We did get the ‘health giving breezes’ though.. I love clear sky and a bit of wind but it was actually a tad too biting on the tops - definitely had those cobwebs blown away!
That’s about as much of a hike write-up from me as you’ll get on this post. It being Boxing Day, we have visitors due and there’s 5 gallons of ginger wine to make a dent in.
I’m planning another couple of walks in the next week or two – helping to ‘stress test’ some soon to be published route maps for Walkers Are Welcome, so I’ll be writing those up.
And then it’s the annual Snowdon trip in early Feb which I’m looking forward to.
In the meantime – have a brilliant New Year’s eve!
I’ve been helping out on the Walkers are Welcome initiative, by surveying a little patch of England near to me, to check that all the paths, stiles, gates and access points are as they should be. I didn’t get a sheriffs badge but I did get a nice big map. And a sense of community spirit. The map I was allocated covered an area 1km by 1 km, so not huge as such but it allowed for a good inspection of the various paths and bridleways concerned .
I think there are 23 maps / squares to be surveyed and the average time to check each one and all the paths and bridleways, stiles etc is about 6 hours. As a volunteer grid checker I was given a laminated A3 map with OS squares centered on my 1km x 1km part. And using an indelible pen (naturally, this is rainy UK after all) I had to mark on any problems encountered along each path. That could include flooded areas, obstructions on a path, diverted paths, angry dogs on the loose etc. My area was pretty clear as it happens.
I went a bit gadgety of course and used my Viewranger App to mark out the paths and routes I checked for later reference. See image below for part of the route taken (other paths are marked in the central square that was ‘mine’ but just not shown in red on this viewranger snapshot).. I was still in checking mode when this snapshot was created.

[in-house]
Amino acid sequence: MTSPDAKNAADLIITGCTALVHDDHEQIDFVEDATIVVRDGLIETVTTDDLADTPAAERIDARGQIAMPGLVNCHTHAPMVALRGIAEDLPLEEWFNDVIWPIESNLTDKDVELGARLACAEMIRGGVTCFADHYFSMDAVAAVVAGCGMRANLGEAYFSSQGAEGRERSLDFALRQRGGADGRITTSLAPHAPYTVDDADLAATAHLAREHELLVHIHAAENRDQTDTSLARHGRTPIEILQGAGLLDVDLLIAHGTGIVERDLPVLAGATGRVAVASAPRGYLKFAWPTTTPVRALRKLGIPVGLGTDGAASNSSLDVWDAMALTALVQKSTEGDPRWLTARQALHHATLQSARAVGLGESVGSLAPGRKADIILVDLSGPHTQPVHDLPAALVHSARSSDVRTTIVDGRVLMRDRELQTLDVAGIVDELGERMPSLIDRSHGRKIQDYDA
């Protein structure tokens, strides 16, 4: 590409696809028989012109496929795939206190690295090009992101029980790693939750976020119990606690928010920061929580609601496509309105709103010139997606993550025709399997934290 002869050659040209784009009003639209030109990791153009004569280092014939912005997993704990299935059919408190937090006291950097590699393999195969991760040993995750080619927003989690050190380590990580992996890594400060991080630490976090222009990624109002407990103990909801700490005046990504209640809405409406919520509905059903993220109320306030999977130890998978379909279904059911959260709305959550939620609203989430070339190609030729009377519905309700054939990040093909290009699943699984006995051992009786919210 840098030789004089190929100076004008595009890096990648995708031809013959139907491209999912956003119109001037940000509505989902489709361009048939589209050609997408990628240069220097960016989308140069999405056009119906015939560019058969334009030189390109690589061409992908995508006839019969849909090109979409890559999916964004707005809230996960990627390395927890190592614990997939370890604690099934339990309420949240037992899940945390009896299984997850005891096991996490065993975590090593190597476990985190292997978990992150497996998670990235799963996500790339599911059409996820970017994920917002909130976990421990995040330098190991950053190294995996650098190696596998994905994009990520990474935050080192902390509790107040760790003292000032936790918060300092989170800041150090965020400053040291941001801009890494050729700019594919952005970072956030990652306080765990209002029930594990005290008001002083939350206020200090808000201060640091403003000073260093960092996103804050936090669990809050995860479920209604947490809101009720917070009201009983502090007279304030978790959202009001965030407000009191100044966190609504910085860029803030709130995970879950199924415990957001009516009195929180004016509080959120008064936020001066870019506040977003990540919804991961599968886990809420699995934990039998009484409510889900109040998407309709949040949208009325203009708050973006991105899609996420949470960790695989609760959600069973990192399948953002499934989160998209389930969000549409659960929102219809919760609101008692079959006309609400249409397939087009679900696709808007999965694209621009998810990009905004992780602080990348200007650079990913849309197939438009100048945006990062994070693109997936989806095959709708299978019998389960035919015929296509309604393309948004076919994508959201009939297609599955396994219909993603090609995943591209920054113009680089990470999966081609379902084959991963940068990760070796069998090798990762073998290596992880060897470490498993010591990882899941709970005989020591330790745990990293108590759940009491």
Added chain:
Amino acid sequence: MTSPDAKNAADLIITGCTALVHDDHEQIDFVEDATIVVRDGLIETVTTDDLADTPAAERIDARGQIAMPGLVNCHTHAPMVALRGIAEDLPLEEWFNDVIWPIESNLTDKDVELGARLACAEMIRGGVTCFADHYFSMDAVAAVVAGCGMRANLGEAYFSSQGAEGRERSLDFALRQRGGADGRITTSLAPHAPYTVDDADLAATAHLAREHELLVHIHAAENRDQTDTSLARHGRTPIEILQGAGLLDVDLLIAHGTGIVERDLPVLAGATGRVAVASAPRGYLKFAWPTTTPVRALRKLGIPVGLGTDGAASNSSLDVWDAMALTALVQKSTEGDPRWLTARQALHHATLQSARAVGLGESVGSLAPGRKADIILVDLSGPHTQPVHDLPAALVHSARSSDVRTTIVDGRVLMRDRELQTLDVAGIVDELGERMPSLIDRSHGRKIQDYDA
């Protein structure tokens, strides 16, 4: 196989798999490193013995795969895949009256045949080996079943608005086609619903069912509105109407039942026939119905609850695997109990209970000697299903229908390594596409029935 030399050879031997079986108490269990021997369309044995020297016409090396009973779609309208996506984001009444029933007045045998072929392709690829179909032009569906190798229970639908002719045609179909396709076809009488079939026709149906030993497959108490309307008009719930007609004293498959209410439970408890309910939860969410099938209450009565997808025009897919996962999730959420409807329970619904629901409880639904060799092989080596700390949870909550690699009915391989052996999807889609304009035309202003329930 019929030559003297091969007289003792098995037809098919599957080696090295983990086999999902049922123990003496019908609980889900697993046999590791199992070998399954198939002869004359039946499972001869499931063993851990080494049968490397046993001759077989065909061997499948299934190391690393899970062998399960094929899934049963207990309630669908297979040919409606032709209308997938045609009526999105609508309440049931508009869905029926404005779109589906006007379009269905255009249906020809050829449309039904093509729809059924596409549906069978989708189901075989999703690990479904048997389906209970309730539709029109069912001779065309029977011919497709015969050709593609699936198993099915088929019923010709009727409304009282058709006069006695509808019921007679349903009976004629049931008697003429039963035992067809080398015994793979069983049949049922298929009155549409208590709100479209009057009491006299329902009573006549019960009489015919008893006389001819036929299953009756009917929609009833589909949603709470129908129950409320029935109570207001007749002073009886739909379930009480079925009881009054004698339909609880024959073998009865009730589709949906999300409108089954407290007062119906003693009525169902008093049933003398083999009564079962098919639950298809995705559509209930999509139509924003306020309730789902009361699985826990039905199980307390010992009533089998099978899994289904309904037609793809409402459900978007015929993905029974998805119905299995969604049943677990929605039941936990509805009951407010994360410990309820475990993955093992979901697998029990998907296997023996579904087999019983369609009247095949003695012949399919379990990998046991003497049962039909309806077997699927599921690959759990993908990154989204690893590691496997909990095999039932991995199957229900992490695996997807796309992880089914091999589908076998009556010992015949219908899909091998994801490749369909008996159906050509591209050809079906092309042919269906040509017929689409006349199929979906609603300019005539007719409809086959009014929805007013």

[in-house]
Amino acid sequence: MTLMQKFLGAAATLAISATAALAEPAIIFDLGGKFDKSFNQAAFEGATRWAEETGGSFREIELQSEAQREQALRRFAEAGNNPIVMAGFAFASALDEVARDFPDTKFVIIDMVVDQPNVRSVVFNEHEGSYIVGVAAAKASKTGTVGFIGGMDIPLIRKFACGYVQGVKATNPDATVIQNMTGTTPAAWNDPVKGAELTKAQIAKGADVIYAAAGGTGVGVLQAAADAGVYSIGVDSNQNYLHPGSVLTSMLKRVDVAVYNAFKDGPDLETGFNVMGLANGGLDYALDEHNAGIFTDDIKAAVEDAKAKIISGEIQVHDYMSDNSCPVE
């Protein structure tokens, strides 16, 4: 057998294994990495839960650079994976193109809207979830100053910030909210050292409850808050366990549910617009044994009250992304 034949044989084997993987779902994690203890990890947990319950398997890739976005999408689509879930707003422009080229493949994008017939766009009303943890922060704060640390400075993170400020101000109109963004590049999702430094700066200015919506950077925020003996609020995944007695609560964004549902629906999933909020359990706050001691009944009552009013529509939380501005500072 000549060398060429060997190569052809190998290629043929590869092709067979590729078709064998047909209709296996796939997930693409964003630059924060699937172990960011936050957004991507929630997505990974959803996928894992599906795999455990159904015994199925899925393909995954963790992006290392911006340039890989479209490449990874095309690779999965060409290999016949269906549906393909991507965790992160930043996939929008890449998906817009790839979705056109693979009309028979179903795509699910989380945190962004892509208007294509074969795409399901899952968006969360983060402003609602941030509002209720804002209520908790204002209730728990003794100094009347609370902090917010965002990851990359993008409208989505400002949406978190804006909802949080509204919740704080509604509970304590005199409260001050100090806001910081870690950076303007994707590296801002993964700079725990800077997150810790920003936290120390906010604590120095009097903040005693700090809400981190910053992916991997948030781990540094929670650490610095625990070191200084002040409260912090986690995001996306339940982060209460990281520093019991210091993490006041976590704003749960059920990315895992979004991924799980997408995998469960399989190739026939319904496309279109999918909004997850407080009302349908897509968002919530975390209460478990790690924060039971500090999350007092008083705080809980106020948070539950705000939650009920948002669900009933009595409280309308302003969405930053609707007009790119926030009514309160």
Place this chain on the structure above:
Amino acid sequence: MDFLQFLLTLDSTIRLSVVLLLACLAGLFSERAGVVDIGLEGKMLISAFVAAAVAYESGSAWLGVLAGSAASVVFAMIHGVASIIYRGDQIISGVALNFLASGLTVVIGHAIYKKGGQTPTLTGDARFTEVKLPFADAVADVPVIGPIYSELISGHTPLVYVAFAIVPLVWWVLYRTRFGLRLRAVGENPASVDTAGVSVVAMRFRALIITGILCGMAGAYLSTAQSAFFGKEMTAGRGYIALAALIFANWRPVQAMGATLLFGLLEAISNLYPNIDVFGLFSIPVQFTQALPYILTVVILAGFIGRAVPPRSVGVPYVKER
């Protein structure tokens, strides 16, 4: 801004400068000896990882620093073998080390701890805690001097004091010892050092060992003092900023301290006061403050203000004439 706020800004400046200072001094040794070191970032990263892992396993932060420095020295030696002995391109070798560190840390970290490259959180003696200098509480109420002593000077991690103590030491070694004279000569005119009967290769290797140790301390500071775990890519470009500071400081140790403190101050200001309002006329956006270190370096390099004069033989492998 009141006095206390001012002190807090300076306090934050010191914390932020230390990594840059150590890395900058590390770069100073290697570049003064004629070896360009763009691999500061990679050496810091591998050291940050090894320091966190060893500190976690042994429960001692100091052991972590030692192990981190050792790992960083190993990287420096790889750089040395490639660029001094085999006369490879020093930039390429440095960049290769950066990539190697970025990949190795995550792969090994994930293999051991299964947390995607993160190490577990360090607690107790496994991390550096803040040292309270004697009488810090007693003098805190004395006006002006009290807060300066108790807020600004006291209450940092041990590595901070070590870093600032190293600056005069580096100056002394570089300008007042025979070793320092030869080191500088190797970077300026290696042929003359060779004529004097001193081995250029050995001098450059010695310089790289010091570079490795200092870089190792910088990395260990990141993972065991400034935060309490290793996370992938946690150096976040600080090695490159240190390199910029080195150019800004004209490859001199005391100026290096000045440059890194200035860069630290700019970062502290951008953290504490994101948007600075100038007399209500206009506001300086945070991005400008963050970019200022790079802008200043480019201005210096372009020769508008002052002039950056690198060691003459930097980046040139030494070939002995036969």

Marsden is a great place to be based for walking. You get plenty of ‘hardcore’ hikers doing the Pennine Way, which glances off Marsden before heading north / south (depending on which way you do it of course), as well as casual day walkers (like me up on the hills). I think this initiative will only make the paths and rights of way crisscrossing the valley and surrounding hills even more popular, great for inward revenue for the area. I’ve noticed a lot of Marsden’s shops have W-a-W window stickers now.
And probably the same boost to local businesses in the other towns who have taken up the Walkers Are Welcome scheme.
If you’re local to Marsden or just want to know more about the specific Marsden initiative (and find some routes) have a look at the link.
Or here for an overview of the Marsden area shown on Walkers are Welcome website.
Related Books (sort of) Corner:
I think Walkers are Welcome is supported by Julia Bradbury who (coincidentally to this blog post is launching a book about Wainwright’s Walks today/tomorrow (1st Nov), good on her for supporting it. And the Wainwright book looks good. And timely…
I’ve just (yesterday) finished Simon Armitage’s book on his North to South Pennine Way trail.. good book, read it (short review there for you).
Anyway – this is a great initiative, we should all exercise our rights (or just to, you know, exercise) to walk the countryside / urban / historical areas around us and this grass-roots and community-led approach is top-notch I think.